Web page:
Lilly and Mads were joined by Gail today on their adventure to the tern nesting grounds. They scouted possible tern nests to sample and install temperature probes. While they (and anyone who passed by) were all hassled by the terns protective of their nests, unassuming Gail seemed to be the unfortunate prime target of the arctic terns this day and came back home covered in tern poop having (barely) survived one too many tern swoop attacks.

While part of our original hiking group for the day, Eli and Rei, stayed behind with Charlie to fix codes for the Elevation platforms we were going to use, the rest of us; Andy, Dre, Arlo and myself, decided to dedicate our time to help Nana and __ with their tree planting project. We caught a ride with them to our location near the stream crossing, and from there we hiked up the hill with stacks of baby birch trees, some fertilizer, and the dig tools.

Nana told us that the baby birches we were carrying that were at most 8 inches tall were around five years old, speaking to their slow growth in the harsh Icelandic outdoors. We were planting the saplings high up on the side of a hill so that they would be shielded from the Easterly and Northeasterly winds as well as from lichen encroachment at least for the next few years until they become tall/strong enough to benefit from their nitrogen-fixing instead of being killed off by them. We were joined periodically by Freyr, the big brown Labrador from the fieldhouse, giving us some moral support while we planted trees. Nana estimated that we collectively planted around 500 trees that day which was a great achievement and an excellent activity for the day.

Across the hill, sharing the company of Freyr with us, were Eli and Rei hiking up the stream where we had stopped. They had managed to fix the elevation platforms and were testing it on a nice hike going upstream towards the waterfall.

Back at the fieldhouse, other things were in motion including a drone check-up and a laboratory set-up. Emi and Faith set up a lab in an available room for DNA extraction and soil testing purposes. Neil, Jacob, Jeremy, and Ahsan worked on point-cloud analysis, LiDAR data, and other software and hardware aspects of our dear drones, Carmen and Lundy, with the help of Nick and Kellan. When the hiking groups came back home for the day, we found a few guys working outside near the shed and went in to find a wet floor in the shoe area next to the first bathroom. Apparently, the bathroom laundry or the toilet had flooded and was tracked to a problem with the sewage/septic tank in the fieldhouse. At cheers and jeers time, everyone made it a point to give cheers to the people who came and dealt with all our poop. It wasn’t a poopy day but there sure was poop and poop stories everywhere!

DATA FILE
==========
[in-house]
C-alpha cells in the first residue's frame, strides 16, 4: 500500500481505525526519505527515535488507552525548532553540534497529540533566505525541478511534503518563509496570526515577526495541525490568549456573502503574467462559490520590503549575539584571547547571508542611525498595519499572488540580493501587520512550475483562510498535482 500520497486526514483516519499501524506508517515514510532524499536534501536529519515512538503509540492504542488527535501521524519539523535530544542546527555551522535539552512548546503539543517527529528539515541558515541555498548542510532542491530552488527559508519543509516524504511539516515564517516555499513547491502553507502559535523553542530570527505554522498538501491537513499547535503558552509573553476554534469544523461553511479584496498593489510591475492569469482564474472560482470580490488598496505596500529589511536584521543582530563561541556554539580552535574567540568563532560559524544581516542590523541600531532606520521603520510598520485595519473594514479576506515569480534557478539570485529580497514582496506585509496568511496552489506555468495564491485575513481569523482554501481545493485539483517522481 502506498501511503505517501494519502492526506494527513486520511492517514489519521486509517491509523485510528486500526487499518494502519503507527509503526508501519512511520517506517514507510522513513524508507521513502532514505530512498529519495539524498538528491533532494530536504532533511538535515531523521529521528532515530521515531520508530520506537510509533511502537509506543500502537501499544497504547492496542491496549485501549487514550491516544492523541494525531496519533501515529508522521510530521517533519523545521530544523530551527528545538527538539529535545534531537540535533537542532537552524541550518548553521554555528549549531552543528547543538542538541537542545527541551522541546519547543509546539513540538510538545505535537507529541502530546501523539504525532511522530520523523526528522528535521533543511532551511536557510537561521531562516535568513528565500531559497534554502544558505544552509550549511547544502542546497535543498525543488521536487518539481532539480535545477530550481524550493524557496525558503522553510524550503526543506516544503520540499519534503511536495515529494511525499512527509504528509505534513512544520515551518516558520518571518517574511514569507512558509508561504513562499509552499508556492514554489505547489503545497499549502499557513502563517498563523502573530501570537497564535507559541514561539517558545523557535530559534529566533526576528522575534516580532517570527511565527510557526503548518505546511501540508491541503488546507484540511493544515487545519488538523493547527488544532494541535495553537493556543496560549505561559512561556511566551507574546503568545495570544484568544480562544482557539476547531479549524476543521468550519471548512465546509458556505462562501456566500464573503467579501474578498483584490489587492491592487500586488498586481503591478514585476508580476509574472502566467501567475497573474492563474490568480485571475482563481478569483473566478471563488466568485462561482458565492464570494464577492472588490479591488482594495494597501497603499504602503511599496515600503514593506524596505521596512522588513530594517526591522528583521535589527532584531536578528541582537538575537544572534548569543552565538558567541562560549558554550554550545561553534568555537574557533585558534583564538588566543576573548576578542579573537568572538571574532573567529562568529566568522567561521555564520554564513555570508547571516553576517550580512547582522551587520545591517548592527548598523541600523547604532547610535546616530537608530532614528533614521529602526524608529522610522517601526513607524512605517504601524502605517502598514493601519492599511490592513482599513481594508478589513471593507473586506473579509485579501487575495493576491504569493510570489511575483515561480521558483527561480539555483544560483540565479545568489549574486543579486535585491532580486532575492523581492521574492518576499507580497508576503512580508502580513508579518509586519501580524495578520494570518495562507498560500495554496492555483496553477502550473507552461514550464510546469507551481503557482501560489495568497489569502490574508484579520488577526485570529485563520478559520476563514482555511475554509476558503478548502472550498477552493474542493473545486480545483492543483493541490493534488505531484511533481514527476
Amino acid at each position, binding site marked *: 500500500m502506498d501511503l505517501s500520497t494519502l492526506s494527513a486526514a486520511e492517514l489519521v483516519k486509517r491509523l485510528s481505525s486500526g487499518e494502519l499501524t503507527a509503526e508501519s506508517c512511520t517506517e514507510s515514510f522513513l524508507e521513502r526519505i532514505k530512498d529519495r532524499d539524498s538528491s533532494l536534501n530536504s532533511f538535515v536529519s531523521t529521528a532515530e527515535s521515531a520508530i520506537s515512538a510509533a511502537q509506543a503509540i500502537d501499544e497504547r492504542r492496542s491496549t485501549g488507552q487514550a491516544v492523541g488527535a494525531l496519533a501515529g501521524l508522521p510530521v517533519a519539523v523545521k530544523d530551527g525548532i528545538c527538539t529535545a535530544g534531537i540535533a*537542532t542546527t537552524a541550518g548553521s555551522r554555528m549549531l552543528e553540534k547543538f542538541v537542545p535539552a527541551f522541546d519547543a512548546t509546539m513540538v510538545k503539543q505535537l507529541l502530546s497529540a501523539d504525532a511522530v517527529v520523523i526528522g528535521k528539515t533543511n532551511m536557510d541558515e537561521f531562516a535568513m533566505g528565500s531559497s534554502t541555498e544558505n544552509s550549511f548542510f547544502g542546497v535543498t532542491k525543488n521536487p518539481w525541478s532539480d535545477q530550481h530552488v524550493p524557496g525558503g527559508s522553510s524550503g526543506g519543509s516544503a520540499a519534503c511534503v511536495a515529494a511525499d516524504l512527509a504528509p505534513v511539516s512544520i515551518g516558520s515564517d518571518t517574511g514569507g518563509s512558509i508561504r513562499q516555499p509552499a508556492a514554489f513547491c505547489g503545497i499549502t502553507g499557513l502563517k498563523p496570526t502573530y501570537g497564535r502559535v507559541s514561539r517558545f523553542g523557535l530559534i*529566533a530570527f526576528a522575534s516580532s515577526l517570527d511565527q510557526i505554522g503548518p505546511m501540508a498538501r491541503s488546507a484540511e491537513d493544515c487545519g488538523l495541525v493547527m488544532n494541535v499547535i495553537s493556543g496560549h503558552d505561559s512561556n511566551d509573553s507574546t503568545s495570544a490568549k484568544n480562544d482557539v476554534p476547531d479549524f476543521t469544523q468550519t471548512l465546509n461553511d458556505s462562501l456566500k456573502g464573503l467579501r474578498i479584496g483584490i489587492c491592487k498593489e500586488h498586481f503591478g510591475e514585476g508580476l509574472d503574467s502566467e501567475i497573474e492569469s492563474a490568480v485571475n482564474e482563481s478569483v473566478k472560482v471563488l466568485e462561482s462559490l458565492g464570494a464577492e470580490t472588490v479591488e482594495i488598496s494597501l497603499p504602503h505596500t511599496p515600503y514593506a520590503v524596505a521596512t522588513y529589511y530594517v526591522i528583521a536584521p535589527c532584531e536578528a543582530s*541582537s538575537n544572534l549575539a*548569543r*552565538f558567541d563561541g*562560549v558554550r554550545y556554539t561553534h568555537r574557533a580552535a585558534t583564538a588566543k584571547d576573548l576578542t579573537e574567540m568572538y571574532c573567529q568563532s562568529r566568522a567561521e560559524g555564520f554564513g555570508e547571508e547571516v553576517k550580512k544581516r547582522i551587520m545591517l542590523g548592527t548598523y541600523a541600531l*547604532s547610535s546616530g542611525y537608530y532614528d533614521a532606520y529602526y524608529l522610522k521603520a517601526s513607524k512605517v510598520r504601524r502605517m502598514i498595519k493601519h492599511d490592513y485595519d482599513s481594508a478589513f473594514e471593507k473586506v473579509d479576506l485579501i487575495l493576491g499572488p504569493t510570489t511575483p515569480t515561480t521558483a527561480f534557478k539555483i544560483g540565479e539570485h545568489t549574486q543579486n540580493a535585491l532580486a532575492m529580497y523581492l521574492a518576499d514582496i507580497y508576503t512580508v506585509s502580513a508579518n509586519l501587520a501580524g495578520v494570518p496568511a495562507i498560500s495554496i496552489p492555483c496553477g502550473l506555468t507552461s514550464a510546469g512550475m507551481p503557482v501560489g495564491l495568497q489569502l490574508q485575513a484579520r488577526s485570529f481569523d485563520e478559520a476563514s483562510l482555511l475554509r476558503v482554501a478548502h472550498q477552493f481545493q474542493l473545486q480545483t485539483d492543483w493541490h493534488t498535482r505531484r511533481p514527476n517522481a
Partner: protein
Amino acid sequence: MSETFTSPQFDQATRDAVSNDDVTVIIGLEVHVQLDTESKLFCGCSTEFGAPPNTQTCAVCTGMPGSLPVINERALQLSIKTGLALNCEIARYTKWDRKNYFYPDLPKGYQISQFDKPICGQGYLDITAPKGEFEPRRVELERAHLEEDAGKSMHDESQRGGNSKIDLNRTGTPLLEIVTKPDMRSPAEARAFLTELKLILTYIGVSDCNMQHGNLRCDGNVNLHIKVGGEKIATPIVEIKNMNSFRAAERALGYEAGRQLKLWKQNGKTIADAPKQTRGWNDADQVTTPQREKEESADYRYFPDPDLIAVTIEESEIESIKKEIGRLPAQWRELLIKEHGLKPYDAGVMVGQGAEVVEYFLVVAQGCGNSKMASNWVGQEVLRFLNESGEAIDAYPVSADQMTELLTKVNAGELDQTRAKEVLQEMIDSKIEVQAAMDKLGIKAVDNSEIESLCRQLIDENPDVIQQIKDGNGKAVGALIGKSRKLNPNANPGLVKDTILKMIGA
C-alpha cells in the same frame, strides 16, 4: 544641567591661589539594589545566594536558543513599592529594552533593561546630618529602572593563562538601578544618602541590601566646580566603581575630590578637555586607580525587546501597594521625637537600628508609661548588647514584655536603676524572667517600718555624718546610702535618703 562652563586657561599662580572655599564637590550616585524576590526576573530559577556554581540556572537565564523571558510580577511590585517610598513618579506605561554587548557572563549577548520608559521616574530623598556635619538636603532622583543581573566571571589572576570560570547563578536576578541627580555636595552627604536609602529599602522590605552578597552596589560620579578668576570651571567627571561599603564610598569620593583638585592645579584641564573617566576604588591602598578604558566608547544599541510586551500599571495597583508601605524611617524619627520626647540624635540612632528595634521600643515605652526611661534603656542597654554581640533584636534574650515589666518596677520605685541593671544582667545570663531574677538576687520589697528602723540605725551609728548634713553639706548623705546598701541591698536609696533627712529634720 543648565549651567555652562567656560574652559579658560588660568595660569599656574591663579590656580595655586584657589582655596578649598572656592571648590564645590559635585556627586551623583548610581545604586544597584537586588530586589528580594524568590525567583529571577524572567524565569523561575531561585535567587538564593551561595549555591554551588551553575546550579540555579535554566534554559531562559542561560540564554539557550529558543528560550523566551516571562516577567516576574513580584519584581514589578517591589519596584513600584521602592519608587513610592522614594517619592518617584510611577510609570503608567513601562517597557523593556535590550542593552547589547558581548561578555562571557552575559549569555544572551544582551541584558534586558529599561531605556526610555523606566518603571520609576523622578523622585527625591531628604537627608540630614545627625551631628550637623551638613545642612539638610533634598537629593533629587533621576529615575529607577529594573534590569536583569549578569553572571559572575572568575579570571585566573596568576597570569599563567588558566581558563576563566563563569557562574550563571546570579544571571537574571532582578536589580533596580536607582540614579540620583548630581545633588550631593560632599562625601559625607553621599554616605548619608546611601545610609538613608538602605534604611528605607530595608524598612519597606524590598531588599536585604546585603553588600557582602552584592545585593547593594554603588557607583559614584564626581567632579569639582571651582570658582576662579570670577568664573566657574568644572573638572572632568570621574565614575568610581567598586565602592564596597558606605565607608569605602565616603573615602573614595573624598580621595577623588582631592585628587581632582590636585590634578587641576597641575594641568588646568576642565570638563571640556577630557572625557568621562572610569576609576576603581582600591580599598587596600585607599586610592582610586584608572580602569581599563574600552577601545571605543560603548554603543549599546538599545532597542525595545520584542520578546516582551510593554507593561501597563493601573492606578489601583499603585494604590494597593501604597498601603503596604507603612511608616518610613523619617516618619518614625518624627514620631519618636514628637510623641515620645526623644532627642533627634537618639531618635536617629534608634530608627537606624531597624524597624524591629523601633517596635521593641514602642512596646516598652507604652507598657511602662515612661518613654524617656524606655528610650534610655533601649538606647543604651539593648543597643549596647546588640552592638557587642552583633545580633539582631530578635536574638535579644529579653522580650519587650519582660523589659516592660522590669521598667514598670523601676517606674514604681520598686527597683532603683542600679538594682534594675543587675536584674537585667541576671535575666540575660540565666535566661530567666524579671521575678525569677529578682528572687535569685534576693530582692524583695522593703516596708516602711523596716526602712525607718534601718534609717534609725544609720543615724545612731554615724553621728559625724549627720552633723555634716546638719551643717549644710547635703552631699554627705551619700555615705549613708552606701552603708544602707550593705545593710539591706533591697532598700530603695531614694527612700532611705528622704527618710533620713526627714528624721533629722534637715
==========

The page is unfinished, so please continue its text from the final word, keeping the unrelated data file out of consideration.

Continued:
And now available in video…

with No Comments

One of the things that was different about this year’s trip was that two of Earlham’s Marketing folks joined us for four days, two at Skalanes, one at Solheimajokull, and one at Laki (and a lot of time in the van/car/trucks gluing all that together). Susanna Tanner and Mark Brim trudged around in the rain and wind taking pictures, video, interviewing people, eating and traveling with us. We were really happy that they were forced chose to come to Iceland and work with us. This video is the first bit to come from that, more to follow.